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Profits and Capitalism's Fatal Flaw
In the last lesson, we learned how to compute the rate of surplus value, or the rate of exploitation (same thing). We divided the surplus value created by the variable capital. In other words, the extra wealth created divided by the amount that the worker gets: s/v.
We’re going to make it only barely more complicated to figure out the rate of profit.
The boss needs more than workers to manufacture a product. He also needs things like raw materials and machinery. These things have value because they were made with labor. You might say that labor is “congealed” in them. As they get used up, they release a little bit of that congealed value into every new product.
Let’s say a boss owns a sewing machine. It’s strong enough to make 10,000 pairs of pants before it has to be replaced. So each pair of pants gets 1/10,000ths of its value transferred. It’s important to realize that no new value was created in this process, because the value of the sewing machine goes down by 1/10,000th every time a new pair of pants is created. That's not just Marxist economics, it's ordinary cost accounting.
New value comes only from labor, not in the process of transferring congealed value from a machine to a new product. That’s important to remember. It’s also one of those things that the boss would not want you to know.
If the capitalist also buys denim material for making pants, then the value of that denim is also congealed from the labor it took to make it. It transfers old value to the pants the same way, without adding any new value.
He probably has to rent a building, pay for utilities, etc. All of those things are in the same category as the denim and the sewing machine. They transfer value but they don’t create any new value.
The new value comes from the people operating the sewing machine or otherwise working on making pants. Their labor power is the only new value in this process. Labor power is the only commodity which, as it gets expended, creates new value.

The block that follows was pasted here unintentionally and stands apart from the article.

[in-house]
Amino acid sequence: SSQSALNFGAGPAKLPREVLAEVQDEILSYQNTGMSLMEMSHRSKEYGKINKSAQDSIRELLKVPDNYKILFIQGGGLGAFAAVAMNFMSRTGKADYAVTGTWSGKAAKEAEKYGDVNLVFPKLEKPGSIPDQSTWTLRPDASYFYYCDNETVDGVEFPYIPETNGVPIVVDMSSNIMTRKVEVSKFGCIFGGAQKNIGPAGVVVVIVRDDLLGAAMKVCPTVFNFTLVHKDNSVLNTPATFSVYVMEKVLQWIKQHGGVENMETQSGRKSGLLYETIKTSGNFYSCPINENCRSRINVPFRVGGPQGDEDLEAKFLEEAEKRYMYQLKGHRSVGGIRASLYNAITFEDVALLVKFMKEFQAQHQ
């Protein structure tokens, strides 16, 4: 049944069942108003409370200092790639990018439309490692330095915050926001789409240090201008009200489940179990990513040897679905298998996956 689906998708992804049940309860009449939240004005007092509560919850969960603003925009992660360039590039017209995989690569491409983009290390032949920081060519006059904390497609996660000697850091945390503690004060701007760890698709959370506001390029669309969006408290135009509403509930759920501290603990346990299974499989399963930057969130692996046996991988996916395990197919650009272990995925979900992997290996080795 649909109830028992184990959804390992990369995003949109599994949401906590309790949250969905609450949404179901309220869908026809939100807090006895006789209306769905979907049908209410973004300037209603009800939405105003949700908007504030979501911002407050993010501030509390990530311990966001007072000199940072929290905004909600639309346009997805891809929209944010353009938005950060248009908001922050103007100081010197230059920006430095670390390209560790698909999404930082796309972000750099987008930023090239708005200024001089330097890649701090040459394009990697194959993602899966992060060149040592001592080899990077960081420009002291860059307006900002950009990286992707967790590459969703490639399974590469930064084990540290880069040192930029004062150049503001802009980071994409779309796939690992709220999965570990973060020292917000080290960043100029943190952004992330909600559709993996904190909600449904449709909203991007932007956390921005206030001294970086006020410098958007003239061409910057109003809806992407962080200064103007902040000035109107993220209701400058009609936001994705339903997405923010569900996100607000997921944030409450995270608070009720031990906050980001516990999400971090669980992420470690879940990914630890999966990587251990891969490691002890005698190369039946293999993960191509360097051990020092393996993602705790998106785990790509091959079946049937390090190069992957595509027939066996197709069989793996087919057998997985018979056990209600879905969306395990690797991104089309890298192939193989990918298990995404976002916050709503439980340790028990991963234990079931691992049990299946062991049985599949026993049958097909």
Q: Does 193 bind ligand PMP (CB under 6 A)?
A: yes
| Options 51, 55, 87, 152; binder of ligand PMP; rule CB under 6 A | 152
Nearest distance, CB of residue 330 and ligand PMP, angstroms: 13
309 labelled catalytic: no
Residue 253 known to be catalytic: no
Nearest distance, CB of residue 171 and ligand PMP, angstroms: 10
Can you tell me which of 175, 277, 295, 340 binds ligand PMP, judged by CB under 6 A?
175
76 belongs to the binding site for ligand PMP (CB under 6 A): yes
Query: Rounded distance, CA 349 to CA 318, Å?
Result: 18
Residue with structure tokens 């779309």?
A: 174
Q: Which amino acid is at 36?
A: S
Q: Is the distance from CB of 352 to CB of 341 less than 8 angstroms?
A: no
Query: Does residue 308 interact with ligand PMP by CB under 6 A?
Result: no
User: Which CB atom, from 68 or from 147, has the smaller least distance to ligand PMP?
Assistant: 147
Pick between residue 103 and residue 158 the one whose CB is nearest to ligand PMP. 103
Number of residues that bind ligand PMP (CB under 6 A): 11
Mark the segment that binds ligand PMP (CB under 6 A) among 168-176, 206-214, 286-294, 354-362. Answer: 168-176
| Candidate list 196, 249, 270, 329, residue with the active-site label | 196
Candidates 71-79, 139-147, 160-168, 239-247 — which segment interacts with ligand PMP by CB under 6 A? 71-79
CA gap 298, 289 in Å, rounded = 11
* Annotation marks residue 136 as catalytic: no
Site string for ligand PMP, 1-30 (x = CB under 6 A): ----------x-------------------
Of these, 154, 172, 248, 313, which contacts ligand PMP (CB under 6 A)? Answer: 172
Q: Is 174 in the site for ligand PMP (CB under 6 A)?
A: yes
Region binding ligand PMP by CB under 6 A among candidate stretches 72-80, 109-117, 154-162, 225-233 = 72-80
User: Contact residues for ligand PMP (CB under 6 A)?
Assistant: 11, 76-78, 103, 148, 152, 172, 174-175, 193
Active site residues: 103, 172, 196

Nevertheless, the boss needs the raw material and the machinery as well as the workers if he is going to get those new products made. Marx called the congealed value in such things as raw materials and machinery “constant capital” or “c.” He explained that profit comes from surplus value divided by the variable capital and the constant capital combined. Not very complicated, huh?
Just as in all the other economics explanations, we are talking about averages, not any particular event or person.
The average profit is the average surplus value divided by the average variable capital plus the average constant capital.
Capitalists really like profits, and they tend to move into whichever realm of economic activity yields the most profit. Consequently, under capitalism, no one capitalist is supposed to get an extraordinarily high rate of profit for long. Other capitalists will move in on him, and the average rate of profit for different enterprises will tend to drop toward an overall average for all enterprises. If our sewing machine guy is making 20% profits off his pants project and other capitalists are only making 12%, they are going to start making pants, too.
We saw this when IBM and Apple started making a lot of money with home computers around 1990. Before you could blink, there were dozens of companies making home computers and they became cheaper every year.
If we didn’t have monopolies controlling whole industries, and if we didn’t have companies making back door deals with government, then one average rate of profit would tend to prevail throughout capitalism. Those special cases make capitalism even worse, but we will now see that capitalism is bad enough even without them.
Surplus value has to be divided by the capital expended, both variable capital and constant capital, to obtain a profit rate. In actual capitalist practice, constant capital grows and grows because the capitalist, still competing with other capitalists, keeps improving the production process. He does this primarily by adding more machinery and reducing the number of workers.
When the capitalists compete with one another in a given industry, they have to make their products cheaper than the other capitalists. They can do that by paying the workers less or by working them longer, or by some new innovation in the production process. Mostly, they replace workers with machines, and that leads us to the best and worst thing about capitalism. As they buy more machinery and save on labor costs, products may get less expensive and more available for consumers. That’s the good side of it.
The bad side is that their profit rate always tends to fall. The “c” in s/(v+c) keeps rising and driving the entire profit formula downward. One could argue that capitalist profits could be restored by increasing surplus value or by paying lower wages, and it’s true in a strictly theoretical sense, but those are only temporary fixes.
If their rate of profit falls, and it generally does as constant capital rises, then their best way to maintain gross profits is to make and sell more and more stuff. That means that they have to expand. If they saturate their market, then they have to find new markets. If the entire planet becomes saturated, then there are no new markets. Capitalists then have to find some way to destroy their competitors and take over their markets....
Ultimately, the capitalist “solution” is war. It’s built into capitalism. That’s the bad side. It's a fatal flaw.
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